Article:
Tax Levels, Structures, and Reforms: Convergence or Persistence

Neil Brooks, Thaddeus Hwong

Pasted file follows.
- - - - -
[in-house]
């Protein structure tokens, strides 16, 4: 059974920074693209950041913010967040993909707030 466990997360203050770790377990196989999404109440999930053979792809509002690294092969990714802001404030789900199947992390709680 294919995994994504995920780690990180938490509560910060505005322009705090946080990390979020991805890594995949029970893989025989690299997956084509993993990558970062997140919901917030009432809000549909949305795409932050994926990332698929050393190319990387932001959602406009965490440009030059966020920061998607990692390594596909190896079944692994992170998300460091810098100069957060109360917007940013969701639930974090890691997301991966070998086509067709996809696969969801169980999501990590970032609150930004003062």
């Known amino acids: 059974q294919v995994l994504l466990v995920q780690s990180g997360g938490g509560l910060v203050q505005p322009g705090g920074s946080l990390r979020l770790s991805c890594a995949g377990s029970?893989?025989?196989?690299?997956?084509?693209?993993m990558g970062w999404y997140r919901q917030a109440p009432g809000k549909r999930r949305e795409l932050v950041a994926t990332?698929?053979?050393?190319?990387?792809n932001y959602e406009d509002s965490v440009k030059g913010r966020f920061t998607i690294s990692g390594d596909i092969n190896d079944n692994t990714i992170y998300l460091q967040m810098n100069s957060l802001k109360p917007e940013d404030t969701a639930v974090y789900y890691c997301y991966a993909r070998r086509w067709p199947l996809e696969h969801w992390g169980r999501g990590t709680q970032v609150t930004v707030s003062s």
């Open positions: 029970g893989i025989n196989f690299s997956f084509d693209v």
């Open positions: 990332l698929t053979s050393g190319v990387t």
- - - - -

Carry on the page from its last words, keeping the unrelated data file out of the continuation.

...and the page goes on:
One of the central issues in comparative law and political economy is whether the forces of globalization will result in the convergence of public policies across countries. Noting in particular that taxes collected still cover a considerable range across industrialized countries — from a low of 20% of GDP to a high of 50% — some have argued that globalization has not resulted in a loss of tax sovereignty. However, following a review of the evidence, in this Article we conclude that globalization has had significant but subtle effects on tax levels and structures. Moreover, these pressures will make it increasingly difficult for countries to raise revenue to finance new public needs and to structure their tax systems in order to achieve a more socially acceptable distribution of income than what market forces dictate. Tax levels in most countries have remained essentially flat over the past twenty years, but there is a host of reasons for thinking they would have continued to rise were it not for the pressures of globalization. Statutory corporate tax rates have declined dramatically and, although corporate tax revenues have remained robust, this has been due to factors unrelated to deliberate tax policy choices. Personal marginal tax rates have also declined sharply and tax revenues have been increasingly raised by regressive consumption taxes. These trends stem from tax competition brought on by the forces of globalization, not from changing ideas or other political variables. In this Article we conclude that in order to prevent tax competition from completely eroding the ability of countries to fashion their own tax systems, there will have to be considerable cooperation among the major countries and some harmonization of aspects of their tax systems, particularly as they apply to footloose factors of production.

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